For the policy about AP or IB credit for math or computer science courses, see the Macalester registrar’s official policy listings: AP/IB Policy
There are several starting points in the department curriculum. Most students start in the calculus sequence, discrete math, linear algebra, statistics, or in an introductory computer science course.
We have a three course calculus sequence that is different from AP Calculus and different from the traditional Calc I, II, III sequence found at most colleges and universities. In particular, all three of our courses use functions of multiple variables.
Where should I start in the calculus sequence?
Math 135, Applied Multivariable Calculus I: This course is appropriate for students with no calculus background; however, it is different from a traditional calculus 1 and may be an appropriate course for students with a calculus background who are interested in developing mathematical modeling skills. Course Description.
Math 137, Applied Multivariable Calculus II: This course is recommend for students who have had a successful year of high school calculus (as merely one example, AB calculus with a score of 4 or better on the AP exam). Course Description.
Math 237, Applied Multivariable Calculus III: Students who enter Macalester having taken BC Calculus with a score of 4 or higher on the AP exam are encouraged to start here. Course Description.
How far do I need to go in the calculus sequence?
Mathematics, Physics, and Chemistry majors need to complete the calculus sequence through Math 237. Economics and most Biology students need to complete any one of Math 135, Math 137, or Math 237. Biology majors with a Biochemistry emphasis need to compete Math 137. We encourage you to see the departmental web pages (Biology, Chemistry, Economics, Physics and Astronomy) for these other majors and speak with a member of the department to verify their mathematics requirements.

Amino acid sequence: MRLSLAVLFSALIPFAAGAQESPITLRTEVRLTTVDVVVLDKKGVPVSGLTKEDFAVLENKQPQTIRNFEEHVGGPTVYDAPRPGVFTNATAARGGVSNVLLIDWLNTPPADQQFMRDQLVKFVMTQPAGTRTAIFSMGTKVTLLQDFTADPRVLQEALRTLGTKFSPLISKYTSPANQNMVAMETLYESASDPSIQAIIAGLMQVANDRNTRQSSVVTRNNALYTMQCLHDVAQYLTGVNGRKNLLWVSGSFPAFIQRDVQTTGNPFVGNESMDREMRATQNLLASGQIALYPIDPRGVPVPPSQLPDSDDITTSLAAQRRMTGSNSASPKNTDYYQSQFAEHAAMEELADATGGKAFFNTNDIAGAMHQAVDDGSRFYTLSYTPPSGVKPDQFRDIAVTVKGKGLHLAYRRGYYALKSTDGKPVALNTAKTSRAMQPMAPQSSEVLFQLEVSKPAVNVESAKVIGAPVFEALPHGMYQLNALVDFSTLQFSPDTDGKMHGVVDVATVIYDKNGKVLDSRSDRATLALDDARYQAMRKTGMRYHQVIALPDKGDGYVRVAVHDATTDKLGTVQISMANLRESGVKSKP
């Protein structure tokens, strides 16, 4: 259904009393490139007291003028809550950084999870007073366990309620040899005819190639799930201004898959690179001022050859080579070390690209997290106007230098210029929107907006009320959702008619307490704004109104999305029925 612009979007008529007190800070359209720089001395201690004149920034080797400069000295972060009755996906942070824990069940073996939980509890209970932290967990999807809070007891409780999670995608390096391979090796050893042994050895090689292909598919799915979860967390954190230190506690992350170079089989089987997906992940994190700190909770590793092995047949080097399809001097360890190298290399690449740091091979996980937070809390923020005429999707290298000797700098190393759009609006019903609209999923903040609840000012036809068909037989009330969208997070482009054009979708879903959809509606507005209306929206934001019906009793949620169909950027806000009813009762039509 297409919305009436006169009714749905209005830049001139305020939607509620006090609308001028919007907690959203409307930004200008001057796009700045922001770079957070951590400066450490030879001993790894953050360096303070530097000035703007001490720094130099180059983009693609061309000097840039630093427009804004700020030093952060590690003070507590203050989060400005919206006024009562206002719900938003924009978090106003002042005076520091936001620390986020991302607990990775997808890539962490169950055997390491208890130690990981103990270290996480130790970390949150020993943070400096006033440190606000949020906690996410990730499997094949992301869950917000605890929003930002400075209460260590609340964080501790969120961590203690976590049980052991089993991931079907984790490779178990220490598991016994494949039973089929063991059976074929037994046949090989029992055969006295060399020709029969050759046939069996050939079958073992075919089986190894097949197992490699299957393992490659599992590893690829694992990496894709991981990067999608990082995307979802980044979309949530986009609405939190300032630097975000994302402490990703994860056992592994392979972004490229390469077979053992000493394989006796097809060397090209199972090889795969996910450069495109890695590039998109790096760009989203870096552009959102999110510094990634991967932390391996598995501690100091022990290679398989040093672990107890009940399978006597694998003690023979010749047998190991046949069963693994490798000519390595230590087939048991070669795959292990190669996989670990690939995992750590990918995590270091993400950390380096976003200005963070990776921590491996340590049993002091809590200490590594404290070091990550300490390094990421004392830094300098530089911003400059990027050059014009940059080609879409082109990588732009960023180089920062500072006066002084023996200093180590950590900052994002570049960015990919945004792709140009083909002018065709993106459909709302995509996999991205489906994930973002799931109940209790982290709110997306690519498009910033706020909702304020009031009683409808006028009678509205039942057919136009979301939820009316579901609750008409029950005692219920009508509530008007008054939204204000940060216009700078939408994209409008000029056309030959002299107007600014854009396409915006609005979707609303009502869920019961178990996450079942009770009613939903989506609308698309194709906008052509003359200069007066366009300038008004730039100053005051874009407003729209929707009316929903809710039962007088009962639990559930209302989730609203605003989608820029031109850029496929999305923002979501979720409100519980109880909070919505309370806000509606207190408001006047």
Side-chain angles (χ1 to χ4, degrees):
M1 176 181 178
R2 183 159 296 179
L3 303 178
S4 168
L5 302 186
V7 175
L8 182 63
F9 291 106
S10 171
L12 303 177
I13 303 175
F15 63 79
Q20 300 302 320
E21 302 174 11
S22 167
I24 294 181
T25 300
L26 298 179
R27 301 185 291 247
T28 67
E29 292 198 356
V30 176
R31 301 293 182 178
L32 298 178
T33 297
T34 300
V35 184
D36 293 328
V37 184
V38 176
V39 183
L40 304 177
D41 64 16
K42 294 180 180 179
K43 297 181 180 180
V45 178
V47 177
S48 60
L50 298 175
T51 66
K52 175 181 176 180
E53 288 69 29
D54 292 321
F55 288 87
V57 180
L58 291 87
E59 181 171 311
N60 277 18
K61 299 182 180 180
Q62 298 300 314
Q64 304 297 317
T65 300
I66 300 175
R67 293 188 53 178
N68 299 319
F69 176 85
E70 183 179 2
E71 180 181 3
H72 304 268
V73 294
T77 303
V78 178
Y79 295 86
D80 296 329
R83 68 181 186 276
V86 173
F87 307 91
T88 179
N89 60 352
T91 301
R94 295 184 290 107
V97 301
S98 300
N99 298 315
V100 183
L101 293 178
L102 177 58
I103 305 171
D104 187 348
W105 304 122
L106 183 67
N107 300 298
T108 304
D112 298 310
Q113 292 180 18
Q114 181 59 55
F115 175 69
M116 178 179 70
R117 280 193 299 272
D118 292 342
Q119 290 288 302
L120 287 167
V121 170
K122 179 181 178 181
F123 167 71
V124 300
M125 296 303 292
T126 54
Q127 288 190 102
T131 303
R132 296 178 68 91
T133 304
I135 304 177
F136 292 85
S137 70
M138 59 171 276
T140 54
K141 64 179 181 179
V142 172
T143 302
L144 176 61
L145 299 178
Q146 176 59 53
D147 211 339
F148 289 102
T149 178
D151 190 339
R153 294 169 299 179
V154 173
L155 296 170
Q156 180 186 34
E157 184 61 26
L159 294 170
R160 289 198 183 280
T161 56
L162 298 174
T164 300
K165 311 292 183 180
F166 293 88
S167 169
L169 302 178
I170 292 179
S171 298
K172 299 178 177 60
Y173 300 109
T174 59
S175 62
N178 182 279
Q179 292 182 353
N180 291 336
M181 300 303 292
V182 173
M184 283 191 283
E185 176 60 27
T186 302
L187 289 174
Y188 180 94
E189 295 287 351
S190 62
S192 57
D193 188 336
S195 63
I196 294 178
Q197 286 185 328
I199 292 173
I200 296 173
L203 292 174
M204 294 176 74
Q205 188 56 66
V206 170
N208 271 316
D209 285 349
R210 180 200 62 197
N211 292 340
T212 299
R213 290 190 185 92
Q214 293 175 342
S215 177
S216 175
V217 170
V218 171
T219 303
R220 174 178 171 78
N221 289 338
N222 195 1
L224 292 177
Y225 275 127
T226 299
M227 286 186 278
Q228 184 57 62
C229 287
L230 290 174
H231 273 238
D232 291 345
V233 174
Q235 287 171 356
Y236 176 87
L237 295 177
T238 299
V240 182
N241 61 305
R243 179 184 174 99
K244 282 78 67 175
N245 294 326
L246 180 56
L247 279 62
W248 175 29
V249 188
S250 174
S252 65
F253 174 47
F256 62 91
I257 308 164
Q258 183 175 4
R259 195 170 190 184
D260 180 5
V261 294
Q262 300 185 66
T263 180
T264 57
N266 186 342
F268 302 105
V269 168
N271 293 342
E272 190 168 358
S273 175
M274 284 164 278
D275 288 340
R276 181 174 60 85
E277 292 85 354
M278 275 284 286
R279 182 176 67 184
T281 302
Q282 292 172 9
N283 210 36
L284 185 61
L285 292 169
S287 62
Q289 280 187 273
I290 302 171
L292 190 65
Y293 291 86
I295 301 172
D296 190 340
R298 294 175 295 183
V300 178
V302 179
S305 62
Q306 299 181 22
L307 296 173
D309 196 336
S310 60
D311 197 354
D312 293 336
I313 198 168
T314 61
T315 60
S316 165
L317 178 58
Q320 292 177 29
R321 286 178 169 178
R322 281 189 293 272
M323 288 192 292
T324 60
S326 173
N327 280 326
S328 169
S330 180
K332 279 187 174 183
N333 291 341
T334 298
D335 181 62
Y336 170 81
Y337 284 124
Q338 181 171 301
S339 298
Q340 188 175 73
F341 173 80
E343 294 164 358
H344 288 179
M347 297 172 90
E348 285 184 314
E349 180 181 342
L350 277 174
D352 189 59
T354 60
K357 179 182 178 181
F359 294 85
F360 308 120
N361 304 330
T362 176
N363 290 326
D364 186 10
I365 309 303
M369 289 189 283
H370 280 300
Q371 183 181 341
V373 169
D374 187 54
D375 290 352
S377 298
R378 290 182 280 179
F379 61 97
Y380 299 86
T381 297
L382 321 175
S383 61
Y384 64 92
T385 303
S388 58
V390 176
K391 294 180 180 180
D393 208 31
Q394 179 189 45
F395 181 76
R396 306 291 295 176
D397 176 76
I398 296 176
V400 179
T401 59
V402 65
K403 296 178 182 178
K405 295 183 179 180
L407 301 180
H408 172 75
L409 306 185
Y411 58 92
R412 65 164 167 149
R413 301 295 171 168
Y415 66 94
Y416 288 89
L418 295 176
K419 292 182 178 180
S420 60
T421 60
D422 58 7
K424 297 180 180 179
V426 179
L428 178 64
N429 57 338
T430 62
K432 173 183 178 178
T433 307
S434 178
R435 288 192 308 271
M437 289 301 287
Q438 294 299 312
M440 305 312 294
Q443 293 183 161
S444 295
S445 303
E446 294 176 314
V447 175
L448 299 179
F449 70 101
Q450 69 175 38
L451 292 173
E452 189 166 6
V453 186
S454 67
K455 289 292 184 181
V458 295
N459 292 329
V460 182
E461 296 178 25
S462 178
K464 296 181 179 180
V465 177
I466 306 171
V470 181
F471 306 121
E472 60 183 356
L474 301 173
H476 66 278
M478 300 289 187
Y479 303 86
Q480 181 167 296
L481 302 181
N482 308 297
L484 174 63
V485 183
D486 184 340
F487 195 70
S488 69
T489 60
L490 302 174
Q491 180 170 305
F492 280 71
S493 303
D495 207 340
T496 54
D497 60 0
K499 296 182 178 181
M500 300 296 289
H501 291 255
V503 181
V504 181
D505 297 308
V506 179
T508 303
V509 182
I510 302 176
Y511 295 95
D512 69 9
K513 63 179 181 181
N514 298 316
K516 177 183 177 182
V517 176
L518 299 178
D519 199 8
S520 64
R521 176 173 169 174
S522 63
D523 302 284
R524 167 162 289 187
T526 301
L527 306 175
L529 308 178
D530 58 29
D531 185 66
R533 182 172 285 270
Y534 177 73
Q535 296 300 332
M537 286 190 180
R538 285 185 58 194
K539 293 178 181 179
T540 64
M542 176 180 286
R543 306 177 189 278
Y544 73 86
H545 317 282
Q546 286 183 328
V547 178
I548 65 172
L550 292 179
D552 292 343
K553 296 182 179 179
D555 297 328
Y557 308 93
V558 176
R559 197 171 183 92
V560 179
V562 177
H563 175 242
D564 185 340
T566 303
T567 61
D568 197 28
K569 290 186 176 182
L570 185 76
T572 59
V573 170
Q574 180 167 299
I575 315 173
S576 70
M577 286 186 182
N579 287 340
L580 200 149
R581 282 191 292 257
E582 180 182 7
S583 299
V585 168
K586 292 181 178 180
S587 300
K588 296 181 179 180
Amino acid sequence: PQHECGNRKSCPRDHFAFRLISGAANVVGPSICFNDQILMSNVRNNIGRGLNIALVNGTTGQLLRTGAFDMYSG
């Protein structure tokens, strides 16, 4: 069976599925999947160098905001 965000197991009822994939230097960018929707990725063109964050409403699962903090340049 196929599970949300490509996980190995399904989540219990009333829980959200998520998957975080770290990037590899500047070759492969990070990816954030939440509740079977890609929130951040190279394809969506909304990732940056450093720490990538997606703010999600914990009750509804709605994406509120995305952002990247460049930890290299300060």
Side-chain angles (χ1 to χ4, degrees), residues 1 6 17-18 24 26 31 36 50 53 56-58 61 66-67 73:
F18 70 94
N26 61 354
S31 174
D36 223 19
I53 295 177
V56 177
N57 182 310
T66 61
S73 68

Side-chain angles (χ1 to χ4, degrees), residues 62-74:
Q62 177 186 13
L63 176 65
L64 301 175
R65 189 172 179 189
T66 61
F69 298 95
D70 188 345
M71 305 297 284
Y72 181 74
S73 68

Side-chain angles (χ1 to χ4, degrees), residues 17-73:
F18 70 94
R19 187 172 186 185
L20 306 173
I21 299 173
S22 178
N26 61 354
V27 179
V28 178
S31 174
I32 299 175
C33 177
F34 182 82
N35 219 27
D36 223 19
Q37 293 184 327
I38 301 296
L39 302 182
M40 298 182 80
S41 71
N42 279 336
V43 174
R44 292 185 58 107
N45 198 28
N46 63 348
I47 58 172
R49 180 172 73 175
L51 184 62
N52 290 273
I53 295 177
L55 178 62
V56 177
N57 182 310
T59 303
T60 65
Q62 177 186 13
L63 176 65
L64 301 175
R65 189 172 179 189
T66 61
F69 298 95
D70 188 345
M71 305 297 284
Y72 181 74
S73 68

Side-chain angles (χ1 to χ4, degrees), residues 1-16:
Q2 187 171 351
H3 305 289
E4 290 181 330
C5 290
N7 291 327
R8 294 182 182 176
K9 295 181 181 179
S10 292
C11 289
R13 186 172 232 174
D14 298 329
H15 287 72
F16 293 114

OTHER STARTING POINTS IN MATHEMATICS
Stat 155: Introduction to Statistical Modeling is our introductory statistics course. It is required for the Math major, the AMS major, the Statistics minor, and other majors on campus (including Biology and Economics). Stat 155 is a course unique to Macalester, with an emphasis on multivariate modeling, and it cannot be replaced by AP Statistics credits. Course Description.
Math 279: Discrete Mathematics is a good starting point for students who are interested in mathematics and want to try out areas of mathematics that are different than calculus. This course is required for the mathematics major and the computer science major but not the applied mathematics and statistics major. Course Description.
Math 236: Linear Algebra is a good starting point for students who have already completed calculus at the level of Math 137. This course is required for the mathematics major and the applied mathematics and statistics major. Course Description.
STARTING POINTS IN COMPUTER SCIENCE
Comp 120/Comp 123: Two introductory courses assume little or no experience with programming.
- Comp 120, Computing and Society, is offered occasionally, usually as a first-year course Course Description. It serves as an alternative to Comp 123. Course Description.
- Comp 123, Core Concepts in Computer Science is the most common starting point in our Computer Science curriculum, and is offered every semester. Course Description
Both courses are suitable for students with little or no background in computing, programming, or computer science. Both courses serve both as a first course in the major and minor as well as an introduction to computer science for those not planning to take further coursework.
Comp 127: Object-Oriented Programming and Abstraction: Students who have significant prior experience in computer science, like a strong programming course or the APCS course, may choose to start in Comp 127 with permission of the instructor. Course Description.
Comp 128: Data Structures: Students who had a particularly strong APCS course in high school, or additional coursework beyond the APCS course, may qualify to start our curriculum in Comp 128. This course assumes that students are fluent Java programmers who are experienced at object-oriented design. Course Description.
The rare student may begin coursework beyond the introductory level, though we ask such students to complete an extra advanced elective for the Computer Science major.
Students who are uncertain which course to enroll in should contact the department for advice.